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The price of high-definition disc players is set to drop by up to 30 per cent this year as rivalry between the Blu-ray and HD-DVD camps sparks a land grab for early adopters of the technology.

Japanese electronics maker Toshiba, the developer of the HD-DVD format, says HD-DVD players account for 70 per cent of those sold in the PC market and that prices for its mid-range Satellite laptops with HD-DVD drives built into them would drop below the €1000 ($1960) mark later this year.

With 30 million laptops likely to be sold in Europe alone this year, according to analyst IDC, HD-DVD's "mainstream play for notebooks", as Toshiba describes it, has a big market to tap.

But if HD-DVD has a lead in the PC market, its arch-rival claims to have the consumer electronics market sewn up. There, HD-DVD is being outsold by Blu-ray players and movie discs, thanks largely to Sony's Playstation 3 video games console, which has a built-in Blu-ray drive.

Blu-ray Disc Association chief David Walstra said demand for high-definition TVs had "gone through the roof" and that 70 per cent of high-definition movie sales in Europe were Blu-ray. Around 1.3 million PS3 consoles had been sold in Europe.

"Blu-ray disc has a commanding position in Europe in terms of playback functionality," said Walstra.

Blu-ray disc sales in the US have passed the two million mark and this year Blu-ray accounts for 60 per cent of high-definition movie sales in the US, he added. HD-DVD claims 30 per cent of the HD movie market.

If the figures reveal anything, it's the contrasting strategies employed by the two high-definition camps, which differ in view over the importance of video games consoles to the high-definition market. Ken Graffeo, co-chairman of the European HD DVD Promotion Group, told an audience at consumer electronics show IFA in Berlin that Sony's strategy of driving Blu-ray adoption through its PS3 console was flawed.

"The high-def format is about standalone players, not games machines.

"And the truth is that the jury is still out on whether gamers actually will buy movies in favour of games." Graffeo pointed to the relatively low rate of sale of Blu-ray movies to PS3 buyers.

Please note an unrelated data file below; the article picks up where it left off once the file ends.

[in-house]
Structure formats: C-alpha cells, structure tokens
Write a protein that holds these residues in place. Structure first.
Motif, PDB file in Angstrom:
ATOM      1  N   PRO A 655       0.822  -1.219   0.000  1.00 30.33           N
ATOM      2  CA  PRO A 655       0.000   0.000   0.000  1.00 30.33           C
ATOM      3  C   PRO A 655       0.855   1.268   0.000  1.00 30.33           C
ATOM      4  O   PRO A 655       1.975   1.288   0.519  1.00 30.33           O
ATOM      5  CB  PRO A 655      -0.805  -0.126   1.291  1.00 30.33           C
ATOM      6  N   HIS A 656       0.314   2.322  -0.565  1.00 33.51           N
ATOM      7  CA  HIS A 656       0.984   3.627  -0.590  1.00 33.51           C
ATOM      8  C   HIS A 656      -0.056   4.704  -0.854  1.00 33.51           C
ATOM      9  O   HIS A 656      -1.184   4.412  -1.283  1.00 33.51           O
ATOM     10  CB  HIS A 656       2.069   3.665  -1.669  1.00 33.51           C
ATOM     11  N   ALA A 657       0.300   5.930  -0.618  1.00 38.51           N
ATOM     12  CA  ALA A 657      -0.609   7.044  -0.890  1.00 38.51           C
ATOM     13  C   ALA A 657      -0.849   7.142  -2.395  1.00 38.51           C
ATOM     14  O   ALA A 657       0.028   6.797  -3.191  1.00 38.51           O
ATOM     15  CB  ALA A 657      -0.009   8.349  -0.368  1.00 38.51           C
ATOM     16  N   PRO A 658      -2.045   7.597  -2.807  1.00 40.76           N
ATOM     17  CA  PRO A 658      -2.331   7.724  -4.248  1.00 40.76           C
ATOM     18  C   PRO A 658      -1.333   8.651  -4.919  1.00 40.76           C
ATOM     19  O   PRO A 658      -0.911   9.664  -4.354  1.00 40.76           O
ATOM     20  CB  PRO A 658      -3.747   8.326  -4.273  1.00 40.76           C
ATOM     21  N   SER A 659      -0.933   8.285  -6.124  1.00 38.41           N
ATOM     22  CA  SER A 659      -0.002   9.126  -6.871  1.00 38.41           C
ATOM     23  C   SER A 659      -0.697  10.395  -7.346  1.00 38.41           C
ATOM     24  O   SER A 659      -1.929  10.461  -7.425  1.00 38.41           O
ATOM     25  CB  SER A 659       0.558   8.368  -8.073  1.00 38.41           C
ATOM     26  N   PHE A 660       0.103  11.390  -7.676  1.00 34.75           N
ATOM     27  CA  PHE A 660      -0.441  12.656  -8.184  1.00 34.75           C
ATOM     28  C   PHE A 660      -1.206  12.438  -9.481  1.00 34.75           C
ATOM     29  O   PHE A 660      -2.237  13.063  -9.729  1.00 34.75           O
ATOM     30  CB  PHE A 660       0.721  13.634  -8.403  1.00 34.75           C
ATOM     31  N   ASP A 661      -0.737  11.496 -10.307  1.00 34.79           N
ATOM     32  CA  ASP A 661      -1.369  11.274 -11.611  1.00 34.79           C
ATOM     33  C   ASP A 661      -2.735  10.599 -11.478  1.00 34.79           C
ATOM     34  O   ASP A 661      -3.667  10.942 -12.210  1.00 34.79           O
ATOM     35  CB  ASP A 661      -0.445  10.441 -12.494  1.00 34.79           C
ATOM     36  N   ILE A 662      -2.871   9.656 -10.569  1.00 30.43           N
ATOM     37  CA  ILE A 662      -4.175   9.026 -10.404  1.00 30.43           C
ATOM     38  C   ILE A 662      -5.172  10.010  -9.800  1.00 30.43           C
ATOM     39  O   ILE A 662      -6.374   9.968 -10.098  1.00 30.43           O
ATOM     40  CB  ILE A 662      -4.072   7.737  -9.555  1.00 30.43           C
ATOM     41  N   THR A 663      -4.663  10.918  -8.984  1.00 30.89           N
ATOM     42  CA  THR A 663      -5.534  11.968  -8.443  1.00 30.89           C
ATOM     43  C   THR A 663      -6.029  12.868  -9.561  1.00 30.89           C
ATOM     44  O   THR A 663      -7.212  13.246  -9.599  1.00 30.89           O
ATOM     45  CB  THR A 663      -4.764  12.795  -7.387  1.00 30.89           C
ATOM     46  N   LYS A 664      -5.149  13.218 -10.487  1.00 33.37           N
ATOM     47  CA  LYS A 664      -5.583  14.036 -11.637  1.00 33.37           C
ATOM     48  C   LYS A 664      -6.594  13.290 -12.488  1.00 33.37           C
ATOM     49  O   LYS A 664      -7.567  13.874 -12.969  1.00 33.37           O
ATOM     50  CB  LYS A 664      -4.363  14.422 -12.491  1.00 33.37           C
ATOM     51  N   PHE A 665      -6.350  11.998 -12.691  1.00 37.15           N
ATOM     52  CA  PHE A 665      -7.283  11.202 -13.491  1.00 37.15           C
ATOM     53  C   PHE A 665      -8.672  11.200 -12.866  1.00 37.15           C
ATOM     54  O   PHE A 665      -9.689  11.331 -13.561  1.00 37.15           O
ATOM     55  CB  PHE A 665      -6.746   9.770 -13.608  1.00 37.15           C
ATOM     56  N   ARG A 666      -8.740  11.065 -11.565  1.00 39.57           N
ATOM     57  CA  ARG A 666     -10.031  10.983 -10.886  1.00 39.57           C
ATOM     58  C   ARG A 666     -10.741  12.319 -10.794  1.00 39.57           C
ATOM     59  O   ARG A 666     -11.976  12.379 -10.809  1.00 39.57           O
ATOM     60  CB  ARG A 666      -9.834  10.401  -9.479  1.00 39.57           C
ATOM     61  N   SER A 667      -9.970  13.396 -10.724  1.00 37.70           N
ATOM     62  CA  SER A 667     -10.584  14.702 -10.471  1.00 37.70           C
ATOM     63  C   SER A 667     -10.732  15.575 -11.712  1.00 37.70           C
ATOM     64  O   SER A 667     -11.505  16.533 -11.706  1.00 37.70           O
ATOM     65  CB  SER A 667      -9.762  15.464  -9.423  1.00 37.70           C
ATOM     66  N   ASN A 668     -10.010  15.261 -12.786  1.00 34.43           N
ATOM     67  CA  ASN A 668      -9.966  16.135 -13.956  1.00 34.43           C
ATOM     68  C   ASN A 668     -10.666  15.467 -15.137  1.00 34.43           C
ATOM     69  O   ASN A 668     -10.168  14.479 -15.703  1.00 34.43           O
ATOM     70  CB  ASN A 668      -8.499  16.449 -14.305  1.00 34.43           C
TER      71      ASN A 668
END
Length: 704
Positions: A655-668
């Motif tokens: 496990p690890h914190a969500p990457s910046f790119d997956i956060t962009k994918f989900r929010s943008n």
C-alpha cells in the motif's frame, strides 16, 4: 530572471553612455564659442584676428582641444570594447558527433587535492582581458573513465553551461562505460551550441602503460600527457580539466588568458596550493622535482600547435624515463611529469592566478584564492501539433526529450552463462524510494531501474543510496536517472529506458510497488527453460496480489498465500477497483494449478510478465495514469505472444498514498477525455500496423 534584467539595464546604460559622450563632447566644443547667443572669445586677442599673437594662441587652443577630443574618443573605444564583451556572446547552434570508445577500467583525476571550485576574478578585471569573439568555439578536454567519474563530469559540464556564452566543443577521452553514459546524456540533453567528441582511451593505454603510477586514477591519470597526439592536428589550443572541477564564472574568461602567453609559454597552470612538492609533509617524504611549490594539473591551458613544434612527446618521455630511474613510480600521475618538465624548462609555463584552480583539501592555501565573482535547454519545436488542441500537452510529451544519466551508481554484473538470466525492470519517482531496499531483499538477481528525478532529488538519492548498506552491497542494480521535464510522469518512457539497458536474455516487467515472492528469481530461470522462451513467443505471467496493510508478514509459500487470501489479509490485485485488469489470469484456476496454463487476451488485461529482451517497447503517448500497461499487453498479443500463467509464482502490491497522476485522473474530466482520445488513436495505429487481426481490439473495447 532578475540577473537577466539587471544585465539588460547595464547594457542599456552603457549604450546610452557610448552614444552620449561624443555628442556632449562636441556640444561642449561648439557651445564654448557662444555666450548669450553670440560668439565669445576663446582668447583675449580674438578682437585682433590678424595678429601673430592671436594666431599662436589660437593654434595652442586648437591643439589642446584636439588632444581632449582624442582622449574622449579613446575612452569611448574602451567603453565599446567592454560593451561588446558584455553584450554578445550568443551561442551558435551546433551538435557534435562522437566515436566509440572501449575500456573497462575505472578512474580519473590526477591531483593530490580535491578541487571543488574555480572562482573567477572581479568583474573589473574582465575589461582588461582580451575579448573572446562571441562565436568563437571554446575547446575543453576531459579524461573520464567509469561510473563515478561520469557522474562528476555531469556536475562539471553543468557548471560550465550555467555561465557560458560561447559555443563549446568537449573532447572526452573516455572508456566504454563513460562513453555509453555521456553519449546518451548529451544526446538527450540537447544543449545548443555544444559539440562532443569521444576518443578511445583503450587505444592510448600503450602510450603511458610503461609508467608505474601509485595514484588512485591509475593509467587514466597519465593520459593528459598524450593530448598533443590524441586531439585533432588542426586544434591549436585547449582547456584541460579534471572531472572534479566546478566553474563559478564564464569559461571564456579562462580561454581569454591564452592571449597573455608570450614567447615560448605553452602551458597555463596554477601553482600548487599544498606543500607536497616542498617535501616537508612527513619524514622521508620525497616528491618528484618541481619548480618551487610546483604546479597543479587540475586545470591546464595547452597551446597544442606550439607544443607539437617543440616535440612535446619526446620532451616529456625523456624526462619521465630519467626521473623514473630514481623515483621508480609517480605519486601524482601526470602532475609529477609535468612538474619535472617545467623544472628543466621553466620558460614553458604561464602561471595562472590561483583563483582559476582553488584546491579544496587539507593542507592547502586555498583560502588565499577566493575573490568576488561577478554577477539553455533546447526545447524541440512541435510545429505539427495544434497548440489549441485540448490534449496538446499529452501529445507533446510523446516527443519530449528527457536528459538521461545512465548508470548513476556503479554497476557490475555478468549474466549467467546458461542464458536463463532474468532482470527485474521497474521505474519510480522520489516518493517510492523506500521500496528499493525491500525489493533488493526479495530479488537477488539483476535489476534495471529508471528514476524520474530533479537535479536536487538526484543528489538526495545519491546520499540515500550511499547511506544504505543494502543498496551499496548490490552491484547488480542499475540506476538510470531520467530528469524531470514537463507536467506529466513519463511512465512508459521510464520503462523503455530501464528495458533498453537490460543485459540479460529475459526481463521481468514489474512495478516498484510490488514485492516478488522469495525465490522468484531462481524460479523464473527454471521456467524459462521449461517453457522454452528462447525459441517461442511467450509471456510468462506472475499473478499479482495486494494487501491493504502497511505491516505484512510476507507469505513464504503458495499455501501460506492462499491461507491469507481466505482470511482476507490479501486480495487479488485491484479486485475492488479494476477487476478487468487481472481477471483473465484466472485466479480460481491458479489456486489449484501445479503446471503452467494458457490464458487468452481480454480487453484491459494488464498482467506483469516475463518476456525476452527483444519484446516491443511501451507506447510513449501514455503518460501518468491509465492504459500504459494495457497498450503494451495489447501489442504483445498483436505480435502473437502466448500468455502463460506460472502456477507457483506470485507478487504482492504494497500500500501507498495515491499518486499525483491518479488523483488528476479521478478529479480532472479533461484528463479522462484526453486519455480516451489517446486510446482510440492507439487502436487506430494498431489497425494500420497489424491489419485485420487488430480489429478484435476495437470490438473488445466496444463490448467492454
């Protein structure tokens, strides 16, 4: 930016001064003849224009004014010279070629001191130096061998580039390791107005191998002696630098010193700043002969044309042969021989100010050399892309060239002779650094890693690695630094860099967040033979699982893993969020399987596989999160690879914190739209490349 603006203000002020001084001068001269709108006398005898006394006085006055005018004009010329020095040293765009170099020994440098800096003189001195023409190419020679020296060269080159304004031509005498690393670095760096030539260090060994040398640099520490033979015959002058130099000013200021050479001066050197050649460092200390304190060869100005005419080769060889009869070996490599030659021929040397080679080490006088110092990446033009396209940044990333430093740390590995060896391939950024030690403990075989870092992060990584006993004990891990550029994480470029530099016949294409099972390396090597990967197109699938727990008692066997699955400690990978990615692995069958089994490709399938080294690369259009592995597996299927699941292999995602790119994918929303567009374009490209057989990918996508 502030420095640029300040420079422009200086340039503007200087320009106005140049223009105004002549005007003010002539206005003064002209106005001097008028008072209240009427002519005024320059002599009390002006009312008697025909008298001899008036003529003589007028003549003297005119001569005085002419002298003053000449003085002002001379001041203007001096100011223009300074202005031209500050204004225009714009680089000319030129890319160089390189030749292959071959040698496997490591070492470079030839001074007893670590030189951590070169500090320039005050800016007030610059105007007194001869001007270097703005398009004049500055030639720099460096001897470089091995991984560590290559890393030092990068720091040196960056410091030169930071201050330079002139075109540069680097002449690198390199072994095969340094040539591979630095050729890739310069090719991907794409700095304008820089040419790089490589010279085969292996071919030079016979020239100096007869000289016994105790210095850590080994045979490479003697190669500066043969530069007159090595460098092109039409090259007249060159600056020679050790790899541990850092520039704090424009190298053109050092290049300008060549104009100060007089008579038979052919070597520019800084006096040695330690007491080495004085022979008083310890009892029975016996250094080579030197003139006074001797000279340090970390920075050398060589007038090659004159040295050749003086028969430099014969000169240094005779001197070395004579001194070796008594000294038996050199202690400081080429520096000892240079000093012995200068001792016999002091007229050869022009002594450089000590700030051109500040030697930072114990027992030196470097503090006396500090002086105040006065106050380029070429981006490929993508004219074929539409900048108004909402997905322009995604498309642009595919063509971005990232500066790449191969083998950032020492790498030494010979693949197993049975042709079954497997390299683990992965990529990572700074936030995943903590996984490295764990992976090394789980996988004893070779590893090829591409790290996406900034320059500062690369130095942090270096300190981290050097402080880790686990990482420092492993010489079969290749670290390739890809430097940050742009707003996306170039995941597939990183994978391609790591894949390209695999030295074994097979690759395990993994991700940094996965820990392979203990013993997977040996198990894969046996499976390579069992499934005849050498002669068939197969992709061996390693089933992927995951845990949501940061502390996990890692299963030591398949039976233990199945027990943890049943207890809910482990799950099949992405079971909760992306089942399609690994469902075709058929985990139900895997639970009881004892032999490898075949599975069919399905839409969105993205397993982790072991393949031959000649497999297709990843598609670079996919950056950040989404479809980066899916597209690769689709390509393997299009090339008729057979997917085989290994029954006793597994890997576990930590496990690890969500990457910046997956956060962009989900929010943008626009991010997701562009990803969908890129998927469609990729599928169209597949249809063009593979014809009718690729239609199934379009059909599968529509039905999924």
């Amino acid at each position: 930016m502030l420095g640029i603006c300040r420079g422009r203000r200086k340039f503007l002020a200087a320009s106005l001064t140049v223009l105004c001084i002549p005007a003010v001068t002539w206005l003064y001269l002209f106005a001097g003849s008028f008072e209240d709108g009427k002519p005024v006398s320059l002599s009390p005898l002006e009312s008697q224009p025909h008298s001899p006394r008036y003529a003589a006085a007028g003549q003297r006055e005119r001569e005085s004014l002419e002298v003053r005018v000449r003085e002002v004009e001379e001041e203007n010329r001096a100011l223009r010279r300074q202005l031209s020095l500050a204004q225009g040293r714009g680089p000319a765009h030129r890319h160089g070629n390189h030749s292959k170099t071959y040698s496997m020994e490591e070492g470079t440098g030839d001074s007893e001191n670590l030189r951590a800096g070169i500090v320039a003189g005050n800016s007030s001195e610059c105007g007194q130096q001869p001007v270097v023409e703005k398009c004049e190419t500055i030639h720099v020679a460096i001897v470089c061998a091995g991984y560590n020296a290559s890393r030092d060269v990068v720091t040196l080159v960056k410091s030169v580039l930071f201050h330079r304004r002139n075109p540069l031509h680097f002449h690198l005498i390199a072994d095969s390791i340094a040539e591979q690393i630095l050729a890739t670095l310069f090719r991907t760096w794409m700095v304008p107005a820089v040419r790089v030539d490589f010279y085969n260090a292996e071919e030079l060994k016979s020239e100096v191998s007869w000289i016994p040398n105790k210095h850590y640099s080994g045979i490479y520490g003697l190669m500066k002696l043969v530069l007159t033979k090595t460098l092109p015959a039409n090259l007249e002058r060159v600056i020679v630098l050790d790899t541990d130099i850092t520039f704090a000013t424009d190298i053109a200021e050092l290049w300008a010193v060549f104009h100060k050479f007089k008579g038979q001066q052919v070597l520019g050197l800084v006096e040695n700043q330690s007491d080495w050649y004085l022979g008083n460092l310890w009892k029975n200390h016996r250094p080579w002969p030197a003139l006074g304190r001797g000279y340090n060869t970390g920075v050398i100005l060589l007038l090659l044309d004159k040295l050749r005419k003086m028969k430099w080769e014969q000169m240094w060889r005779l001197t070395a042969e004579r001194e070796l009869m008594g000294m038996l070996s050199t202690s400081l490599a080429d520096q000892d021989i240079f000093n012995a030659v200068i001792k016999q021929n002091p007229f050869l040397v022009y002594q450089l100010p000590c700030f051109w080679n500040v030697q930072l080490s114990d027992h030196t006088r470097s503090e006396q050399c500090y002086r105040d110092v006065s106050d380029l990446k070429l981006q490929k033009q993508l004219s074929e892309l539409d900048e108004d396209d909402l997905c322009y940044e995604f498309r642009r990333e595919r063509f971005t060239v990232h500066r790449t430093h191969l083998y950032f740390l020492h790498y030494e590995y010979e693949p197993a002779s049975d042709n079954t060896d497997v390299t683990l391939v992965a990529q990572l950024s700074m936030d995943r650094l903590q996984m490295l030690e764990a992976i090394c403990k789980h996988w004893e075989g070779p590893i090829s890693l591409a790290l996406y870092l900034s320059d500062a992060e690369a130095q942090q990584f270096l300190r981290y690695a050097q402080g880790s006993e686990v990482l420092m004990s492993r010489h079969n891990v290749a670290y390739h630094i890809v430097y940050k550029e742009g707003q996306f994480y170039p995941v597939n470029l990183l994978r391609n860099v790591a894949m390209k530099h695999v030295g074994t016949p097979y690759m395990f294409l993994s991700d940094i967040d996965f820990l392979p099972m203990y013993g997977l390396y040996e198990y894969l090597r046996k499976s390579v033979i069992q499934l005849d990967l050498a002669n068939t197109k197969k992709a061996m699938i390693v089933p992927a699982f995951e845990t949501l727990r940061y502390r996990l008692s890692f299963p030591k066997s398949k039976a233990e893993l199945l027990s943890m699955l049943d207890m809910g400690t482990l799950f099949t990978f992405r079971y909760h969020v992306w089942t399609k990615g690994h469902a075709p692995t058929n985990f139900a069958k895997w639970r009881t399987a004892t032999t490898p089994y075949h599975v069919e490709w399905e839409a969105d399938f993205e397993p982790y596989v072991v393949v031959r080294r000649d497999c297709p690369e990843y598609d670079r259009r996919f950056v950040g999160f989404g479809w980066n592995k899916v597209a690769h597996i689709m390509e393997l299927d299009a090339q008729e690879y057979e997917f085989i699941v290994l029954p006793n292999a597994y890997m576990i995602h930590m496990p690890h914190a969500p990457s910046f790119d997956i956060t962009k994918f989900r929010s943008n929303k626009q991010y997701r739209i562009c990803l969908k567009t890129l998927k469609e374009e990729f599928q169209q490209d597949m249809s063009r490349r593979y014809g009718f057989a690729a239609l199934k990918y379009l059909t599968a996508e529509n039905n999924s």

"The sale for PS3 seem to confirm it, one Blu-ray title for every two players," he said.

In contrast, the attachment rate for HD-DVD players was four movies to each device. While Blu-ray's backers claim the technology is superior, the price cutting that could spur adoption of high-definition technology overall was kicked off last week by the HD-DVD group.

Canadian electronics maker Venturer at IFA debuted a high-definition player which will sell for €299. Toshiba's own new HD-DVD will sell for less than €400. Microsoft, which offers a HD-DVD add-on for its Xbox 360 console, shaved €20 off the European price of the drive.

Both high-definition lobby groups brought a collection of movie industry executives to IFA to outline plans for the release of hundreds of movie titles on Blu-ray and HD-DVD in the coming months.

Paramount vice-president Chris Santo appeared briefly to explain the studio's surprise decision to drop Blu-ray support and back HD-DVD only for its high-definition releases.

Warner Home Video's Monica Juniel has a foot in both high-definition camps and said her company's tentative plan to create a dual-format disc that could play on a wide range of high-definition players was still in the works.

But perhaps the most promising high-definition development amid the marketing spin and claims and counterclaims of IFA was Samsung's launch of a dual-mode high-definition player that could play discs from both formats. The player, which supports interactive functions, will go on sale before Christmas.


* Toshiba claims dominance in the PC market for its HD-DVD drives, but Blu-ray is outselling its rival in standalone players and movie sales.

* HD-DVD backers have initiated price cuts that for the first time bring the cost of high-definition players below the €300 mark.

* Samsung and LG both now have dual-mode players in the market which, if popular, could render the high-definition arguments redundant for consumers.

* Hundreds of Blu-ray and HD-DVD movie titles will debut in time for Christmas, including the popular Harry Potter and Spiderman franchises.